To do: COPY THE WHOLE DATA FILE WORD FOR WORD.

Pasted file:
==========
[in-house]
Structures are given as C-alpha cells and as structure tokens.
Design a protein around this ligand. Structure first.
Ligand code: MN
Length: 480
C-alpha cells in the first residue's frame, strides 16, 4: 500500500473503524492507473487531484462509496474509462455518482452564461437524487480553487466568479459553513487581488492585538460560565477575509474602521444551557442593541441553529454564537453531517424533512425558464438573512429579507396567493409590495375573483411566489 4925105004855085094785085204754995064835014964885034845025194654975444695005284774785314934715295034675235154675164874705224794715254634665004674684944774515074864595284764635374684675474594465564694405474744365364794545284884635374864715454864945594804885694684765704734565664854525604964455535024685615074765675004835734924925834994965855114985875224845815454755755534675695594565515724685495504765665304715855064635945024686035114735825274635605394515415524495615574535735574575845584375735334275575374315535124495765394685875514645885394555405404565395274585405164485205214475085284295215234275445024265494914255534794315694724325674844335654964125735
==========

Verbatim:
[in-house]
Structures are given as C-alpha cells and as structure tokens.
Design a protein around this ligand. Structure first.
Ligand code: MN
Length: 480
C-alpha cells in the first residue's frame, strides 16, 4: 500500500473503524492507473487531484462509496474509462455518482452564461437524487480553487466568479459553513487581488492585538460560565477575509474602521444551557442593541441553529454564537453531517424533512425558464438573512429579507396567493409590495375573483411566489 4925105004855085094785085204754995064835014964885034845025194654975444695005284774785314934715295034675235154675164874705224794715254634665004674684944774515074864595284764635374684675474594465564694405474744365364794545284884635374864715454864945594804885694684765704734565664854525604964455535024685615074765675004835734924925834994965855114985875224845815454755755534675695594565515724685495504765665304715855064635945024686035114735825274635605394515415524495615574535735574575845584375735334275575374315535124495765394685875514645885394555405404565395274585405164485205214475085284295215234275445024265494914255534794315694724325674844335654964125735